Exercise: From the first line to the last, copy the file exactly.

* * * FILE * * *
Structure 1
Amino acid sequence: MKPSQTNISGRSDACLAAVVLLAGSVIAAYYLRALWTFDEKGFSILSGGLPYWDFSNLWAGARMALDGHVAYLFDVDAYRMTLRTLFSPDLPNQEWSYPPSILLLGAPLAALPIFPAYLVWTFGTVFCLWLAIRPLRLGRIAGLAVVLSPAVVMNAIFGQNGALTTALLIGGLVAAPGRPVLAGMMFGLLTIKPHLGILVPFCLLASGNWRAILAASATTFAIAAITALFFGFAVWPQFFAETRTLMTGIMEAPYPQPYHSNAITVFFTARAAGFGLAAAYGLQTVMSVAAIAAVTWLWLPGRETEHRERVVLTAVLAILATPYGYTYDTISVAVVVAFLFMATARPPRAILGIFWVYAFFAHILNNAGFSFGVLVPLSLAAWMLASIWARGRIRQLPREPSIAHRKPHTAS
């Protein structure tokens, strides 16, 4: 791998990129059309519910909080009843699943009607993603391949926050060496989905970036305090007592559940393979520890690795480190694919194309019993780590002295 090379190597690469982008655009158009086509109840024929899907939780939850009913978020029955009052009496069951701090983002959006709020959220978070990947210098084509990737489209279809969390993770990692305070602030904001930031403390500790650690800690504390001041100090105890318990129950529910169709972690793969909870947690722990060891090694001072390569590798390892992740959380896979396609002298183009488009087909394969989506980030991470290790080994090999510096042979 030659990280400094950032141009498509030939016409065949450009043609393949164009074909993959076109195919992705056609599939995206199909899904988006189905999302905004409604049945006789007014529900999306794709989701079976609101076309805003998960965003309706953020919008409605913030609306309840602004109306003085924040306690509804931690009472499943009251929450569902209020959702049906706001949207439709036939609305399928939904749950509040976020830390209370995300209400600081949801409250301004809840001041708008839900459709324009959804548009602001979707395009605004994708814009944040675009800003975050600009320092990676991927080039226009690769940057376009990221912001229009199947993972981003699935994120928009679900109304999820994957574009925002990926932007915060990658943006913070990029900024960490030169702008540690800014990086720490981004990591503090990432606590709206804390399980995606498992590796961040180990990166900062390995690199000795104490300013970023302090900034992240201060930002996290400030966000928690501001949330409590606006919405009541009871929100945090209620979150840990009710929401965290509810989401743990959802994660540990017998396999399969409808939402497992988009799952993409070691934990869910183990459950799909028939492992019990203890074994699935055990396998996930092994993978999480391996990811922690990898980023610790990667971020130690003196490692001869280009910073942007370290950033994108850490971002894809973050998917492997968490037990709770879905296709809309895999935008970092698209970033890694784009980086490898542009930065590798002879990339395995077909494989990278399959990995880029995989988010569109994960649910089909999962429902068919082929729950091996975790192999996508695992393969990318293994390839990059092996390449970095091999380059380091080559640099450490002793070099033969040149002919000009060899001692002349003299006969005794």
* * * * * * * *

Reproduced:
Structure 1
Amino acid sequence: MKPSQTNISGRSDACLAAVVLLAGSVIAAYYLRALWTFDEKGFSILSGGLPYWDFSNLWAGARMALDGHVAYLFDVDAYRMTLRTLFSPDLPNQEWSYPPSILLLGAPLAALPIFPAYLVWTFGTVFCLWLAIRPLRLGRIAGLAVVLSPAVVMNAIFGQNGALTTALLIGGLVAAPGRPVLAGMMFGLLTIKPHLGILVPFCLLASGNWRAILAASATTFAIAAITALFFGFAVWPQFFAETRTLMTGIMEAPYPQPYHSNAITVFFTARAAGFGLAAAYGLQTVMSVAAIAAVTWLWLPGRETEHRERVVLTAVLAILATPYGYTYDTISVAVVVAFLFMATARPPRAILGIFWVYAFFAHILNNAGFSFGVLVPLSLAAWMLASIWARGRIRQLPREPSIAHRKPHTAS
């Protein structure tokens, strides 16, 4: 791998990129059309519910909080009843699943009607993603391949926050060496989905970036305090007592559940393979520890690795480190694919194309019993780590002295 090379190597690469982008655009158009086509109840024929899907939780939850009913978020029955009052009496069951701090983002959006709020959220978070990947210098084509990737489209279809969390993770990692305070602030904001930031403390500790650690800690504390001041100090105890318990129950529910169709972690793969909870947690722990060891090694001072390569590798390892992740959380896979396609002298183009488009087909394969989506980030991470290790080994090999510096042979 030659990280400094950032141009498509030939016409065949450009043609393949164009074909993959076109195919992705056609599939995206199909899904988006189905999302905004409604049945006789007014529900999306794709989701079976609101076309805003998960965003309706953020919008409605913030609306309840602004109306003085924040306690509804931690009472499943009251929450569902209020959702049906706001949207439709036939609305399928939904749950509040976020830390209370995300209400600081949801409250301004809840001041708008839900459709324009959804548009602001979707395009605004994708814009944040675009800003975050600009320092990676991927080039226009690769940057376009990221912001229009199947993972981003699935994120928009679900109304999820994957574009925002990926932007915060990658943006913070990029900024960490030169702008540690800014990086720490981004990591503090990432606590709206804390399980995606498992590796961040180990990166900062390995690199000795104490300013970023302090900034992240201060930002996290400030966000928690501001949330409590606006919405009541009871929100945090209620979150840990009710929401965290509810989401743990959802994660540990017998396999399969409808939402497992988009799952993409070691934990869910183990459950799909028939492992019990203890074994699935055990396998996930092994993978999480391996990811922690990898980023610790990667971020130690003196490692001869280009910073942007370290950033994108850490971002894809973050998917492997968490037990709770879905296709809309895999935008970092698209970033890694784009980086490898542009930065590798002879990339395995077909494989990278399959990995880029995989988010569109994960649910089909999962429902068919082929729950091996975790192999996508695992393969990318293994390839990059092996390449970095091999380059380091080559640099450490002793070099033969040149002919000009060899001692002349003299006969005794």